The study of nanomaterials in a liquid environment can provide insight to processes and dynamics with applications to energy storage materials, catalysis, nanomaterial growth and biological structures. For these applications we have developed techniques for the use of a dedicated in situ fluid holder in combination with aberration corrected scanning transmission electron microscopy (STEM) and dynamic transmission electron microscopy for imaging nanomaterials at atomic-scale resolution within a fluid layer. The abilities of the in situ fluid holder for STEM have been tested by comparing the SiN window thicknesses to optimize imaging conditions and the use electron energy loss spectroscopy to accurately measure the fluid path length within the cell and provide chemical analysis. The imaging artifacts caused by the high energy scanning electron beam have been investigated to determine the causes of bubbling, contamination and charging within the fluid cell for strategies to mitigate these effects. The use of the DTEM has demonstrated the growth of lead sulfide nanoparticles from a precursor solution by the sample drive laser separate from the imaging electrons. These techniques present the ideal platform for future studies of biological structures and dynamics at physiological conditions under low dose imaging with high temporal and spatial resolution.
|Advisor:||Browning, Nigel D.|
|Commitee:||Arslan, Ilke, Browning, Nigel D., Takamura, Yayoi|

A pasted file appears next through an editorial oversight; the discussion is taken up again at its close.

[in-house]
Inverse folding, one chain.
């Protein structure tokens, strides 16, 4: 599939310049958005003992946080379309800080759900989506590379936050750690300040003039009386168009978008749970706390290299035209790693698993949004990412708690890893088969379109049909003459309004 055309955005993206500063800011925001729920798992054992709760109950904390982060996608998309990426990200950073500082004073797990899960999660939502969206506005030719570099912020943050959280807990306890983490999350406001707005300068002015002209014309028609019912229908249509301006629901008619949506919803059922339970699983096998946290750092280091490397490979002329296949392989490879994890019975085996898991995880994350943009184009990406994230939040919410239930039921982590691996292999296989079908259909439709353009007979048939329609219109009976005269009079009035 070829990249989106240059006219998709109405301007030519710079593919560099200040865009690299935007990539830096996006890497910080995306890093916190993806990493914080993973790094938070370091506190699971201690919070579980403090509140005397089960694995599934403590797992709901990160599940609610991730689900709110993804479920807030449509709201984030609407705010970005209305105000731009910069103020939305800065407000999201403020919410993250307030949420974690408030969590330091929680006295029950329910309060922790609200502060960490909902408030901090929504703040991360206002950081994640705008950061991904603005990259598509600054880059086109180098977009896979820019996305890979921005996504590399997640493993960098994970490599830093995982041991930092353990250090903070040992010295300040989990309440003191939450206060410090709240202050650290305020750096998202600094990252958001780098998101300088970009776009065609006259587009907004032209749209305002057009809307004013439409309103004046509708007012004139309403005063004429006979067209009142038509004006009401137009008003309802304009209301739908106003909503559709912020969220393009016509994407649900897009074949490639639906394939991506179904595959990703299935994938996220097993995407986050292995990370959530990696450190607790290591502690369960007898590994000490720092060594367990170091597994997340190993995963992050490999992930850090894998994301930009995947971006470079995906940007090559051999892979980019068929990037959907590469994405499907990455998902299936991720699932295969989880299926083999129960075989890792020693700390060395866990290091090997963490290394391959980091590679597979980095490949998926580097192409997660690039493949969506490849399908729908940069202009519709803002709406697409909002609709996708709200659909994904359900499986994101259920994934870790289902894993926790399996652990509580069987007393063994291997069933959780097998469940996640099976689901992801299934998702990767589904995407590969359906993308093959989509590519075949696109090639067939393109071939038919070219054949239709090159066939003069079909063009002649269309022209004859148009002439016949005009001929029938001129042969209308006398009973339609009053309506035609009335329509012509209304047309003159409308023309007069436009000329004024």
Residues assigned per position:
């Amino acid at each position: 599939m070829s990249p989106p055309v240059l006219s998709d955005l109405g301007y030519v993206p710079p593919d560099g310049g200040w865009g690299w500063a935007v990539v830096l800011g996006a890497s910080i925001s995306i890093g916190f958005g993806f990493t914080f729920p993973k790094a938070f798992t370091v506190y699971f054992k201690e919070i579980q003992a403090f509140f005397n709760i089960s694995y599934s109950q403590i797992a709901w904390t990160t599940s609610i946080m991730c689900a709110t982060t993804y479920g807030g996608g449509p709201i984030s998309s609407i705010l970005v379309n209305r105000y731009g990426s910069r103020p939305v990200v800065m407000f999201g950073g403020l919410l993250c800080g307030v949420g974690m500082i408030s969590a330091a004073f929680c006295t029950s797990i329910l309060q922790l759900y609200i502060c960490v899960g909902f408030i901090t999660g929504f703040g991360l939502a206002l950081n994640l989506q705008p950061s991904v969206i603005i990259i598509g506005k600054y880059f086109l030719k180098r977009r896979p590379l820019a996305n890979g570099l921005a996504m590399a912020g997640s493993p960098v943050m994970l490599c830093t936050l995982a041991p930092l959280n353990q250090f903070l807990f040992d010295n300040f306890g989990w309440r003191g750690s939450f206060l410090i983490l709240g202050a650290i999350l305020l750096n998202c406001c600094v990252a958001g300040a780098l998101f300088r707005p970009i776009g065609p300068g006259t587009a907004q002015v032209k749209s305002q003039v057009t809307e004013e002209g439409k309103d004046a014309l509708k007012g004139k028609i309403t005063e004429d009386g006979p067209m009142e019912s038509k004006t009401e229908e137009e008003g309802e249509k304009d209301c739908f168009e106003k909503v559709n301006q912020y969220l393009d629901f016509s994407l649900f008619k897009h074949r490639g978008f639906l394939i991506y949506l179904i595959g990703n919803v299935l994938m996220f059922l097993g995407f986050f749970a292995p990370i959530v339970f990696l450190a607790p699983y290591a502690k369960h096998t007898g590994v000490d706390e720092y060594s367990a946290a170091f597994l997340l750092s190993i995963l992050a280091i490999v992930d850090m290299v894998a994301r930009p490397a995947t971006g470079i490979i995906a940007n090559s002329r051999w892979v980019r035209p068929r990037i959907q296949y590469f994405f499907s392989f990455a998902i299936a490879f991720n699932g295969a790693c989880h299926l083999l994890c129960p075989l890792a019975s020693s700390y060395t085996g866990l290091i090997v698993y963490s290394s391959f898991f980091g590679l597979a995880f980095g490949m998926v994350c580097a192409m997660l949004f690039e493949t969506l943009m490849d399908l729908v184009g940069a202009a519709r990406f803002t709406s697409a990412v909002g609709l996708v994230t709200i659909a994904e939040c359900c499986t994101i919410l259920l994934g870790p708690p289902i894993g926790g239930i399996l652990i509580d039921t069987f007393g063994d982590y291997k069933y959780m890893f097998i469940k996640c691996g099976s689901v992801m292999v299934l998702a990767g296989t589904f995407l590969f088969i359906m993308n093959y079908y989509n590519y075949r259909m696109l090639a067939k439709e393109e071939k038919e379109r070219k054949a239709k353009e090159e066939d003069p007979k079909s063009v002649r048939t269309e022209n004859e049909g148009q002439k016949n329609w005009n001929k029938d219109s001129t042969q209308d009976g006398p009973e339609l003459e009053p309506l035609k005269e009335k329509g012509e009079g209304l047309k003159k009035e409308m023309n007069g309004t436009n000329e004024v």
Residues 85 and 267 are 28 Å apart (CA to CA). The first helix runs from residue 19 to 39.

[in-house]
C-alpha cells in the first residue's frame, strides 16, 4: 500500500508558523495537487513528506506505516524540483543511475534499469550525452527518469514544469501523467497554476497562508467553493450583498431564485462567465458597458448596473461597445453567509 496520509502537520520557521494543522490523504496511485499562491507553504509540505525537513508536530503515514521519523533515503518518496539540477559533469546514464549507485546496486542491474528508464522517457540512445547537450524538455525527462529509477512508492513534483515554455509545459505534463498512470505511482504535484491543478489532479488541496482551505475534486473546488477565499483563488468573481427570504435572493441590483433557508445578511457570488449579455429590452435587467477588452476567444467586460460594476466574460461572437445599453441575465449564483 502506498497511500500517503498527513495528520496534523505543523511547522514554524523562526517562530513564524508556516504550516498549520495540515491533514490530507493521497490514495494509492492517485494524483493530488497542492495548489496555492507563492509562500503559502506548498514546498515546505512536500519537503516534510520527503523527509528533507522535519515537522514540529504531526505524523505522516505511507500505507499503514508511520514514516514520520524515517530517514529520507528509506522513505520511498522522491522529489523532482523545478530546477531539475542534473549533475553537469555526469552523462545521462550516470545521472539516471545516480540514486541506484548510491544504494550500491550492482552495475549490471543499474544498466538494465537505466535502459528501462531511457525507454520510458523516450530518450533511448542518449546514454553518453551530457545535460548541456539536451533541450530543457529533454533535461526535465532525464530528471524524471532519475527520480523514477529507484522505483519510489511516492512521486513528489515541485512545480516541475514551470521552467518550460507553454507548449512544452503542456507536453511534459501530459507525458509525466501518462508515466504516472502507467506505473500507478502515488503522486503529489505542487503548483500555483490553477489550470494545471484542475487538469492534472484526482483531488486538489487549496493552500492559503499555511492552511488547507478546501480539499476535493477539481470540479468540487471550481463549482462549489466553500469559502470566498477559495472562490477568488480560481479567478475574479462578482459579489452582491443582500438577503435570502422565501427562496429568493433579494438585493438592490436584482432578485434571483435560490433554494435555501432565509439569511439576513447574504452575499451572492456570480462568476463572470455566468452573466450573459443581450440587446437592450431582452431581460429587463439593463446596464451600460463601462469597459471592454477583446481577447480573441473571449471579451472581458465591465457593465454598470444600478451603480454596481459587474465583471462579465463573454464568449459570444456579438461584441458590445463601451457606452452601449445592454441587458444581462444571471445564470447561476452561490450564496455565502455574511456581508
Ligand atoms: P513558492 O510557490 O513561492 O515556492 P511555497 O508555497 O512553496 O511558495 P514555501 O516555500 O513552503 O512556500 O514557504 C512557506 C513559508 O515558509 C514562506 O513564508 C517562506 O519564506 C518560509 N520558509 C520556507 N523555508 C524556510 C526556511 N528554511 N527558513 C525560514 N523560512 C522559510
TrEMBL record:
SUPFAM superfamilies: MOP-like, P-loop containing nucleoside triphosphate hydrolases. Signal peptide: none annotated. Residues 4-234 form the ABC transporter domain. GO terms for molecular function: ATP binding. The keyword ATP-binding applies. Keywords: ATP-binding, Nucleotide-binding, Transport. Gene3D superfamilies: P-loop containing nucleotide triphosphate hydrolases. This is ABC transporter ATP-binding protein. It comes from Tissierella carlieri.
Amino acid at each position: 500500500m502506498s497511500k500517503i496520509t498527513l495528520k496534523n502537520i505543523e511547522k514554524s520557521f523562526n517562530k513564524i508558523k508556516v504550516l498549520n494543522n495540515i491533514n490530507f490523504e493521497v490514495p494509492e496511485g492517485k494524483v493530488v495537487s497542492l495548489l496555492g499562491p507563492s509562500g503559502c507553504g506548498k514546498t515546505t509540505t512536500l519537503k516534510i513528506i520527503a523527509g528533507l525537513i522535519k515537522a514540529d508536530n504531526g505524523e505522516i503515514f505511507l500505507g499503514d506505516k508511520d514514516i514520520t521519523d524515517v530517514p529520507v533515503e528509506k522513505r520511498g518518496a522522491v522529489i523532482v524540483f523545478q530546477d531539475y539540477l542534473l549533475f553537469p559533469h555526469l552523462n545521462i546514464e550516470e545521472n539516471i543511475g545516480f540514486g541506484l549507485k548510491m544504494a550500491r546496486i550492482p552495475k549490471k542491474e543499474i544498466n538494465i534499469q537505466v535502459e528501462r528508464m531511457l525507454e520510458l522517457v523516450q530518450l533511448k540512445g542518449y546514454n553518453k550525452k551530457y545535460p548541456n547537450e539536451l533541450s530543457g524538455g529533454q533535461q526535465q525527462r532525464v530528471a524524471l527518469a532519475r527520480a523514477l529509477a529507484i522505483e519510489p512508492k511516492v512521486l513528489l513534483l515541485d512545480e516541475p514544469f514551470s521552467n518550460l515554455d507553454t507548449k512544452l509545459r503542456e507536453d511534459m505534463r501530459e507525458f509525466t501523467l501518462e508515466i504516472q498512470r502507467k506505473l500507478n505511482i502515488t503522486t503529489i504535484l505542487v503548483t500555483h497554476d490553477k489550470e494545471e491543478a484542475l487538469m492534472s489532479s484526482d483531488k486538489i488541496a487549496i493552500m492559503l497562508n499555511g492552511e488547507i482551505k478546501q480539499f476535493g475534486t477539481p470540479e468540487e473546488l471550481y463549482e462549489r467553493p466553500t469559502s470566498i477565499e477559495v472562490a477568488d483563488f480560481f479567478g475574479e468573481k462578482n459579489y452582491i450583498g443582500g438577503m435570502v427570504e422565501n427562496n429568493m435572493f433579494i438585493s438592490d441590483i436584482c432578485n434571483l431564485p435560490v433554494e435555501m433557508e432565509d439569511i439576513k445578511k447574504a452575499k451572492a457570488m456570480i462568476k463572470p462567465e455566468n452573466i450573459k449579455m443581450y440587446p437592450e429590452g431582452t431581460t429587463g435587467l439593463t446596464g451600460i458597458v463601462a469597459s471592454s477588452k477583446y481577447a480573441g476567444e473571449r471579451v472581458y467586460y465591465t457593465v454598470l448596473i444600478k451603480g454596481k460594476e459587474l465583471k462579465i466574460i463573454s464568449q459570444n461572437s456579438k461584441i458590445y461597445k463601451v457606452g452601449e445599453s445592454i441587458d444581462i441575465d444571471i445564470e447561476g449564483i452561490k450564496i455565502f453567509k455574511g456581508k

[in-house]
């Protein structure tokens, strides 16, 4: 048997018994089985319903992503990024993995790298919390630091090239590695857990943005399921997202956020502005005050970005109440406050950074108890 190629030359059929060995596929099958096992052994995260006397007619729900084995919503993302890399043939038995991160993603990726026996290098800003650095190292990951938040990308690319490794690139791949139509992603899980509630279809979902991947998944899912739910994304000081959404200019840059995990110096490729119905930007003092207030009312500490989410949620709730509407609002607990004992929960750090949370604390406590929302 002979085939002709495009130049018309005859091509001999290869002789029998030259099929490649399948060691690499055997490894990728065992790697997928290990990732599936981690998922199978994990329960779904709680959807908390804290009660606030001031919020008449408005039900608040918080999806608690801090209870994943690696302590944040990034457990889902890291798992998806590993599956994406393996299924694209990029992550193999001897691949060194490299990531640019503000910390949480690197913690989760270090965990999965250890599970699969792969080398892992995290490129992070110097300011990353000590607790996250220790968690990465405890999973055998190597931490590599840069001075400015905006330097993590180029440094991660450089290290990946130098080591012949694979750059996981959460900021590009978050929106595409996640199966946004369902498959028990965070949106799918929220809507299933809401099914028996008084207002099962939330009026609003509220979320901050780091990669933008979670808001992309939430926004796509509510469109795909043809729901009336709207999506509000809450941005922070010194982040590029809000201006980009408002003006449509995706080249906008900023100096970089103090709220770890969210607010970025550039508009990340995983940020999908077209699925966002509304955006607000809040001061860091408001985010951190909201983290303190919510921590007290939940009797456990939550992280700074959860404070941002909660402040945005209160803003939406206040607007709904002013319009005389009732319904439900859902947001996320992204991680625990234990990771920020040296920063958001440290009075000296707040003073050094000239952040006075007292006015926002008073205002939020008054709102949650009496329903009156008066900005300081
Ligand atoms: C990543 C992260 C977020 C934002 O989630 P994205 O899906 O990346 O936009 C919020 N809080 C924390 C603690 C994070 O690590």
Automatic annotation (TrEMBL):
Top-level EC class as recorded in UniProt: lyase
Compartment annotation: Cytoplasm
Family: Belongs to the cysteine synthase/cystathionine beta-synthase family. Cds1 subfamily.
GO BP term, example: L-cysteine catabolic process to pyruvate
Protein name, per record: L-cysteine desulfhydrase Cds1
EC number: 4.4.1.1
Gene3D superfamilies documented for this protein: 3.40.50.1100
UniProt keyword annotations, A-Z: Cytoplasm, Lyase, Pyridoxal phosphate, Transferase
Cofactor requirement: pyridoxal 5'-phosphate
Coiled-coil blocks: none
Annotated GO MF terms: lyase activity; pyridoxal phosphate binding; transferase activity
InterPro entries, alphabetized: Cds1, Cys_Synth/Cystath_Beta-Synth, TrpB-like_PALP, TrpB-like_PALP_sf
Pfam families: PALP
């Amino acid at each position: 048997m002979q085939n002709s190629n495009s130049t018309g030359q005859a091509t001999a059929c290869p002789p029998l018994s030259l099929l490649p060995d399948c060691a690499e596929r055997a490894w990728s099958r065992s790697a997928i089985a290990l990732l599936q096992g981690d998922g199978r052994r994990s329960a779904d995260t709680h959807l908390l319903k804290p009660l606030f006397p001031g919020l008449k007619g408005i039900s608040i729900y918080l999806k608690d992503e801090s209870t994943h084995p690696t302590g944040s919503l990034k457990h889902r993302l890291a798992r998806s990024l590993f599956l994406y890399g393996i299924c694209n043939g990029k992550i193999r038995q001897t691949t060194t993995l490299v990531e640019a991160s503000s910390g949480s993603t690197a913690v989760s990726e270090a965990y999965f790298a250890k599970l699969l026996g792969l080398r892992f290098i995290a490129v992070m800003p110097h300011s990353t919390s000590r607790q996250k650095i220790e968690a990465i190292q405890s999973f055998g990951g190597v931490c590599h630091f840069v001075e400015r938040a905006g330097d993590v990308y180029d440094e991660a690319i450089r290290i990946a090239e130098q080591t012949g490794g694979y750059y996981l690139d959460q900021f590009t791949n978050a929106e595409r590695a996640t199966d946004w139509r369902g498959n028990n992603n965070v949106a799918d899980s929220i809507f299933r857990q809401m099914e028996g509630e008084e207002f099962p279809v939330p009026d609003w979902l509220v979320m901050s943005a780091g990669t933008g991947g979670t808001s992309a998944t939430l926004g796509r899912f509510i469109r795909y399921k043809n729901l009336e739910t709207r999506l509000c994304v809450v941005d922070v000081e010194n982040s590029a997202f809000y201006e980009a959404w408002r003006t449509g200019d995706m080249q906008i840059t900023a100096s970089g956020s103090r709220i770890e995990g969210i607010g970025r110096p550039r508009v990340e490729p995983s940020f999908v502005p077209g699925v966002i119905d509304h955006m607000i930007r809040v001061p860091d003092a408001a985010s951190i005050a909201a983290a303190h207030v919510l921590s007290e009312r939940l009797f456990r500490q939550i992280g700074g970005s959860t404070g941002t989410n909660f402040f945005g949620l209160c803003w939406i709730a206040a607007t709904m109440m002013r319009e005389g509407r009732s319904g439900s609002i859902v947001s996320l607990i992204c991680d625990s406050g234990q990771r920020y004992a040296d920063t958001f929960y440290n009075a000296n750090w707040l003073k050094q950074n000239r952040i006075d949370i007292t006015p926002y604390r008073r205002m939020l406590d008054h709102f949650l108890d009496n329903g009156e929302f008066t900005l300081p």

|School:||University of California, Davis|
|Department:||Materials Science and Engineering|
|School Location:||United States -- California|
|Source:||DAI-B 73/10(E), Dissertation Abstracts International|
|Keywords:||Eels, Fluid cells, Hydrated materials, Liquid cells, Nanomaterials, Stem, Tem|
Copyright in each Dissertation and Thesis is retained by the author. All Rights Reserved
The supplemental file or files you are about to download were provided to ProQuest by the author as part of a
dissertation or thesis. The supplemental files are provided "AS IS" without warranty. ProQuest is not responsible for the
content, format or impact on the supplemental file(s) on our system. in some cases, the file type may be unknown or
may be a .exe file. We recommend caution as you open such files.
Copyright of the original materials contained in the supplemental file is retained by the author and your access to the
supplemental files is subject to the ProQuest Terms and Conditions of use.
Depending on the size of the file(s) you are downloading, the system may take some time to download them. Please be